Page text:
16C —

Students who meet the standard understand the development of economic systems.
  1. Place a series of economic events in their proper location on a timeline of United States history. (US)
  2. Identify the different types of economic activities of early people in Illinois (e.g., Native Americans, pioneers). (US)
  3. Describe how the environment affected the economic activities of the early people of Illinois. (US)
  4. Compare/contrast past economic activities to contemporary economic activities. (US)
  5. Place a series of economic events in their proper location on a timeline of World History. (W)
  6. Identify the differences between an agricultural society and a hunting/ gathering way of life. (W)
  7. Describe the causes and consequences of the first agricultural revolution. (W)
  8. Discuss the economic conditions of the great ancient civilizations (e.g., Mesopotamian, Egyptian, Aegean/Mediterranean, Asian civilizations) 1000 BCE - 500 CE. (W)

16D —

Students who meet the standard understand Illinois, United States, and world social history.
  1. Locate examples/stories of the changing roles of people over time. (US)
  2. Identify the turning points in local, Illinois, and United States social history. (US)
  3. Compare the life of people of various social status in the past to people of the same status during another time period. (US)
  4. Place a series of social events in their proper location on a timeline of World History. (W)
  5. Compare traditions and customs of a place or world region today with those from the past. (W)
  6. Compare/contrast the customs and traditions of a past culture with those of another past culture (e.g., Greeks and Egyptians). (W)

16E —

Students who meet the standard understand Illinois, United States, and world environmental history.
  1. Place a series of environmental events in their proper location on a timeline of United States history. (US)
  2. Describe how hunter-gatherer cultures in the pre-colonial Illinois country and other regions of North America used the environment in terms of securing food, shelter, clothing, and tools (technology). (US)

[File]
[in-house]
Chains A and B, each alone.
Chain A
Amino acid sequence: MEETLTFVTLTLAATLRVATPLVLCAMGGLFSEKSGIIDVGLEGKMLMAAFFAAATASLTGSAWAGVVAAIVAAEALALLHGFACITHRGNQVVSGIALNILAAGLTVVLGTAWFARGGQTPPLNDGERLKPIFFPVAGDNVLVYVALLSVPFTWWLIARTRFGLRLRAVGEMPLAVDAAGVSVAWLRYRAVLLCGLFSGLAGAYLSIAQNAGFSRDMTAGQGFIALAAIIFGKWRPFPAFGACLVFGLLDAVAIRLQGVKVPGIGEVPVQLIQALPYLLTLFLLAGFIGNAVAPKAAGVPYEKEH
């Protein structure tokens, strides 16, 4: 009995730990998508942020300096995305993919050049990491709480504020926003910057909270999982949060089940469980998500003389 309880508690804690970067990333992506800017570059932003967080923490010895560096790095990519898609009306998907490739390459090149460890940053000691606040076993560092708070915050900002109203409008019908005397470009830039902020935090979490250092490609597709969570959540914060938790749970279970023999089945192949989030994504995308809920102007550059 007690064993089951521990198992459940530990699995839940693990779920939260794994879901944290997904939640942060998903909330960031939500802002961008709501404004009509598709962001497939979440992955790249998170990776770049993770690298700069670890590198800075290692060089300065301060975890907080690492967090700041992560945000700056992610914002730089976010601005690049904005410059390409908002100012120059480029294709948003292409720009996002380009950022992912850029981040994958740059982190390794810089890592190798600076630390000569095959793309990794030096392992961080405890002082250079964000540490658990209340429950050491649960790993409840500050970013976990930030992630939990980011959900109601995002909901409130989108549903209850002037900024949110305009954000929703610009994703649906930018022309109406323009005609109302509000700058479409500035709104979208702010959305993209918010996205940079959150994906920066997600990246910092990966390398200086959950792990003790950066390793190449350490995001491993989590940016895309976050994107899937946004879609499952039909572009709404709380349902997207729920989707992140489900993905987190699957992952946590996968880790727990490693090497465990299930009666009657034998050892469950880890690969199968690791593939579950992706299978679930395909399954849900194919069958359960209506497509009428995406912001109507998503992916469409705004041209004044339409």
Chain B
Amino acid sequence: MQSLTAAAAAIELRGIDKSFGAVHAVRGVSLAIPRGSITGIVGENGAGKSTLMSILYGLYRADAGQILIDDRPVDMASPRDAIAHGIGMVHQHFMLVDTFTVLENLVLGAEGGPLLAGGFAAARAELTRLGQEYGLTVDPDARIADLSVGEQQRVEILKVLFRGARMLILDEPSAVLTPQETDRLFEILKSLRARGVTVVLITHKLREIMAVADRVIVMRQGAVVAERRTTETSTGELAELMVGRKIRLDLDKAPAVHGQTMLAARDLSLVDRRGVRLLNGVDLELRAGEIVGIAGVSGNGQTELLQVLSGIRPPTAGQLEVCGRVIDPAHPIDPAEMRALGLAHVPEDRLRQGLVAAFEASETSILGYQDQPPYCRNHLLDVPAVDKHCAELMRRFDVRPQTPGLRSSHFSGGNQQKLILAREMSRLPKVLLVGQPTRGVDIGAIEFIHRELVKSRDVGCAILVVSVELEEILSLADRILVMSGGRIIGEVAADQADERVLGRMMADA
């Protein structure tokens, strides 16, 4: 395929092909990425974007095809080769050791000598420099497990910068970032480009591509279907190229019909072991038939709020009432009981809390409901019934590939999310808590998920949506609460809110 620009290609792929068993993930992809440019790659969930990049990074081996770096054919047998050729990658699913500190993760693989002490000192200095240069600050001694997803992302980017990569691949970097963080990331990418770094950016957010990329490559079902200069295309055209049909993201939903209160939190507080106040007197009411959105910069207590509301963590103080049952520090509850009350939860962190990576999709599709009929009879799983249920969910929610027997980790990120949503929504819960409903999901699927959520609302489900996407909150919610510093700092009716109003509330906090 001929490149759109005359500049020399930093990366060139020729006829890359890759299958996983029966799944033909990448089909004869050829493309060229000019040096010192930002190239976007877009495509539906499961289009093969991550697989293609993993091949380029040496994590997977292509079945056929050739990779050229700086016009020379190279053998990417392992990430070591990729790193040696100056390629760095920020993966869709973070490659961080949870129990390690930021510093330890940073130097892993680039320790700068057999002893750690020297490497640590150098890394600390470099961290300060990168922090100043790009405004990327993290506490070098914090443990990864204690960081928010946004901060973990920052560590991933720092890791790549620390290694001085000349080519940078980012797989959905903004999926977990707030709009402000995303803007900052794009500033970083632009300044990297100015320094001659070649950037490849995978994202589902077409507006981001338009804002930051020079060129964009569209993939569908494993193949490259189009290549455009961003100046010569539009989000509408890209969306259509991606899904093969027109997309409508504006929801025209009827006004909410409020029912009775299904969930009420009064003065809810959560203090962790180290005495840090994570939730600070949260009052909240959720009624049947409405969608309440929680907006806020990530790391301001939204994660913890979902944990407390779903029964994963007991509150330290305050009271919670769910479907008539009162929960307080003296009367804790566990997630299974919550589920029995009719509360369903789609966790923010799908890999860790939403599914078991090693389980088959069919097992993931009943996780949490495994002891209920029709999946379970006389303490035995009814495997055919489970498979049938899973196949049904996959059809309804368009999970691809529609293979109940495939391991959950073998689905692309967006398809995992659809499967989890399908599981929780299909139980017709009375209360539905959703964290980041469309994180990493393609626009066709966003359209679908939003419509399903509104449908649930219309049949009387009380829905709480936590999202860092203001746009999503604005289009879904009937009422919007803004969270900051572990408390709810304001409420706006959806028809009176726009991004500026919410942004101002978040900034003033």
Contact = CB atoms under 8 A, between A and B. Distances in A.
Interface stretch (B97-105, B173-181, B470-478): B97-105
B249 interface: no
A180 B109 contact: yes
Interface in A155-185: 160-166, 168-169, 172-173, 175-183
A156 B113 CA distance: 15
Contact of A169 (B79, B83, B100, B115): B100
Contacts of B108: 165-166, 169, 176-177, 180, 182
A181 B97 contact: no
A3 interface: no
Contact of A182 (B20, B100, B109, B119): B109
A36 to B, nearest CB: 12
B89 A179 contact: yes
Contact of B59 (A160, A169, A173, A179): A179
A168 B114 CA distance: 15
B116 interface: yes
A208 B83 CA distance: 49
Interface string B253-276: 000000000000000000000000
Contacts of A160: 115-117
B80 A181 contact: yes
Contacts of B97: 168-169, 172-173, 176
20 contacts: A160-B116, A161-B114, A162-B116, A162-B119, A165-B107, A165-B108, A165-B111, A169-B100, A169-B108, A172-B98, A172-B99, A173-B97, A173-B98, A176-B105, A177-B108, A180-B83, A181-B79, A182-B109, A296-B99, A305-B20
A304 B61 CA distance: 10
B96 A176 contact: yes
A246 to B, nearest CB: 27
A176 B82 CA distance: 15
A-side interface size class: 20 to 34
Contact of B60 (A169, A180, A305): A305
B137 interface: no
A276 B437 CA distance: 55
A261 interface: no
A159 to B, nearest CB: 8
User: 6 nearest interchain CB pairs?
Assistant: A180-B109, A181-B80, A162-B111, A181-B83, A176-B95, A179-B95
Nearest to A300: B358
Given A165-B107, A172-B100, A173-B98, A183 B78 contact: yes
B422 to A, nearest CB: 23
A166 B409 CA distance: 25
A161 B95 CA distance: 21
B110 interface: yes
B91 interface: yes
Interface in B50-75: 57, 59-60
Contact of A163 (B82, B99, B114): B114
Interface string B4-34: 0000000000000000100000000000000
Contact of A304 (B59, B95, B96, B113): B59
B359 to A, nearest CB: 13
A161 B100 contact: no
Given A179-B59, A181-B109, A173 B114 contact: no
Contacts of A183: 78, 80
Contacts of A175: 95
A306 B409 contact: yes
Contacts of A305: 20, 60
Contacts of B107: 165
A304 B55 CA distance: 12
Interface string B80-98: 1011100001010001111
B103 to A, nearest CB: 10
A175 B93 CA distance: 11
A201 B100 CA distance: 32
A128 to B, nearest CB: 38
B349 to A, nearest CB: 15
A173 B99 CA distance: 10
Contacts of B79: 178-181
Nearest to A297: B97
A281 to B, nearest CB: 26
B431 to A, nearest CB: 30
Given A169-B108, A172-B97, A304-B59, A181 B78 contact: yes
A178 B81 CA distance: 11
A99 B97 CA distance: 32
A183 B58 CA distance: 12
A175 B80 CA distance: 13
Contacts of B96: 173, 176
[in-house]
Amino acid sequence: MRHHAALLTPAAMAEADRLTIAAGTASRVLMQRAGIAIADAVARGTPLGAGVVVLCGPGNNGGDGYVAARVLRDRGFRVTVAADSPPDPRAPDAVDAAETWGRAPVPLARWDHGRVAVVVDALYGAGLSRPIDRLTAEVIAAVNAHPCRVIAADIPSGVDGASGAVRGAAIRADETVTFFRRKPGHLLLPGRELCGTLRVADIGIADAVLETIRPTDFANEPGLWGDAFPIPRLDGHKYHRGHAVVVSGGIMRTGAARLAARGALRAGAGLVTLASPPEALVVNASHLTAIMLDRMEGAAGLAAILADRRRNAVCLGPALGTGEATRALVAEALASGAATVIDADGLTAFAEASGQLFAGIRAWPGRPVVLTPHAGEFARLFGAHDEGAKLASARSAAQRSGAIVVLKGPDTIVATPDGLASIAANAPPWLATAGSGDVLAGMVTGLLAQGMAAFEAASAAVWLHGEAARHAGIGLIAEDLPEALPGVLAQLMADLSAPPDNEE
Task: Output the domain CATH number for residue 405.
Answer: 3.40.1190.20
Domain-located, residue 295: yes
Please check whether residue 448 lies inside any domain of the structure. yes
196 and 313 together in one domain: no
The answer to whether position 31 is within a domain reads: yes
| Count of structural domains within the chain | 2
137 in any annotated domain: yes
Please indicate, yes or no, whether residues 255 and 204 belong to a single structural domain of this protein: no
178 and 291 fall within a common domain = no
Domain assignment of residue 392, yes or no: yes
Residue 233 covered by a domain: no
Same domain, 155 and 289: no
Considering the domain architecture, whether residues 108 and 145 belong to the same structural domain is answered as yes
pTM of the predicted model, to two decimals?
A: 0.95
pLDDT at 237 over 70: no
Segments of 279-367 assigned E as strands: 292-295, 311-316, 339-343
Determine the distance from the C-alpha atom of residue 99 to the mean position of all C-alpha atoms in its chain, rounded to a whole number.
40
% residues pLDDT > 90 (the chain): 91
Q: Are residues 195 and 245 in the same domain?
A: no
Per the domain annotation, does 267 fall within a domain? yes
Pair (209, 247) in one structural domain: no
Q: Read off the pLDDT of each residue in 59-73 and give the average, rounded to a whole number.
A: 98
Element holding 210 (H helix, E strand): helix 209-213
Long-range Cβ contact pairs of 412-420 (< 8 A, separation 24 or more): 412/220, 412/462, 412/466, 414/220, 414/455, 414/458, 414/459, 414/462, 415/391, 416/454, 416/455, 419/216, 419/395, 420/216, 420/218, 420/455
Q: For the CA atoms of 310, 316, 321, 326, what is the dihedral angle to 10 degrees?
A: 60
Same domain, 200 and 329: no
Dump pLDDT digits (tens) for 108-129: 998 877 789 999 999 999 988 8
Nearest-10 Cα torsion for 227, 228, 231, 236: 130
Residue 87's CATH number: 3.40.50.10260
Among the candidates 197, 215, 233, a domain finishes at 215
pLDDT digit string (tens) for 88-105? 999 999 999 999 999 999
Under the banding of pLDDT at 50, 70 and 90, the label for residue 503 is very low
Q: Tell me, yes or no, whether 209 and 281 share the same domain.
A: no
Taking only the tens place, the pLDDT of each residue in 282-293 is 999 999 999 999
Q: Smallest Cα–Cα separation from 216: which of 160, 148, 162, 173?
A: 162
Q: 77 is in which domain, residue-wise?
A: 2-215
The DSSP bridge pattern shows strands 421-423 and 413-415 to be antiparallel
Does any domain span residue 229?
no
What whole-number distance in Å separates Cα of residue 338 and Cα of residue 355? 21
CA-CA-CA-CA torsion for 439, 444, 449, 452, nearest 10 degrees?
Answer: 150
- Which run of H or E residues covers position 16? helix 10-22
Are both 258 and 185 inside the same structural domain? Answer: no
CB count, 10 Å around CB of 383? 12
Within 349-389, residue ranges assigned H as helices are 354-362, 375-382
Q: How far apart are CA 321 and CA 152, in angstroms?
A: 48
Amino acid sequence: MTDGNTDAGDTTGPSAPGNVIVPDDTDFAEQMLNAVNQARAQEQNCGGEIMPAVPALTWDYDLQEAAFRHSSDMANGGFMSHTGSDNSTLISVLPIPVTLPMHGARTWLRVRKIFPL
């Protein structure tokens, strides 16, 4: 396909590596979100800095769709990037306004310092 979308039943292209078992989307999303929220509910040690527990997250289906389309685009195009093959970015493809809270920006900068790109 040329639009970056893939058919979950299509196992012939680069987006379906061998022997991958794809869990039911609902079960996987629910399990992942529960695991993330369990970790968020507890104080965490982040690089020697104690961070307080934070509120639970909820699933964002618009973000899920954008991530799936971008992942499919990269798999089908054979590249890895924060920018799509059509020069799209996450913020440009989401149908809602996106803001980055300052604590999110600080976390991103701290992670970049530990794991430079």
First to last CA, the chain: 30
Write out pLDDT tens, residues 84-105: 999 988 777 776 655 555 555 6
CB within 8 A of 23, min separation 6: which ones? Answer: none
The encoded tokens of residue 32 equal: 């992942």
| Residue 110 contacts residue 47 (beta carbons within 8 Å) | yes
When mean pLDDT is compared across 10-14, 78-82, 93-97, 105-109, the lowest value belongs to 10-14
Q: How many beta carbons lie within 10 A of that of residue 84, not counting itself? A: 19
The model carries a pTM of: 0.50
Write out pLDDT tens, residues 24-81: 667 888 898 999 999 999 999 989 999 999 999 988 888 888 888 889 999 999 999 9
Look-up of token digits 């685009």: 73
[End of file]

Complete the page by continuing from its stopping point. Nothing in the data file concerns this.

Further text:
3. Describe how changes in weather/climate affected the physical and cultural features of the environment in the mid-west and other regions of North America using maps, geographic tools, images, and other sources. (US)
  4. Identify the rivers that fostered the growth and development of North America. (US)
  5. Explain how the locations of agricultural and industrial regions of the United States help to understand the nation's growth and development. (US)
  6. Identify on a map of Illinois the lands associated with Native American tribes. (US)
  7. Locate sources about the environment during a specific period of Illinois or United States history using the World Wide Web. (US)
  8. Place a series of environmental events in their proper location on a timeline of World History. (W)
  9. Describe how hunter-gatherer cultures used the environment in terms of securing food, shelter, clothing, and tools (technology). (W)
  10. Identify the rivers that fostered the growth and development of early world civilizations. (W)
  11. Identify on a map the major food-producing regions of the world. (W)
  12. Explain how the location of the major industrial regions of the world fostered their growth and development. (W)
  13. Identify on a map the location of the major civilizations of the world, over time. (W)
  14. Locate sources about the environment during a specific period of world history using the World Wide Web. (W)

17A —

Students who meet the standard can locate, describe and explain places, regions and features on Earth.
  1. Describe the location of countries relative to the locations of other countries.
  2. Locate the principal parallels and meridians on maps and globes.
  3. Create a map of the local community containing basic elements (e.g., lines, points, symbols).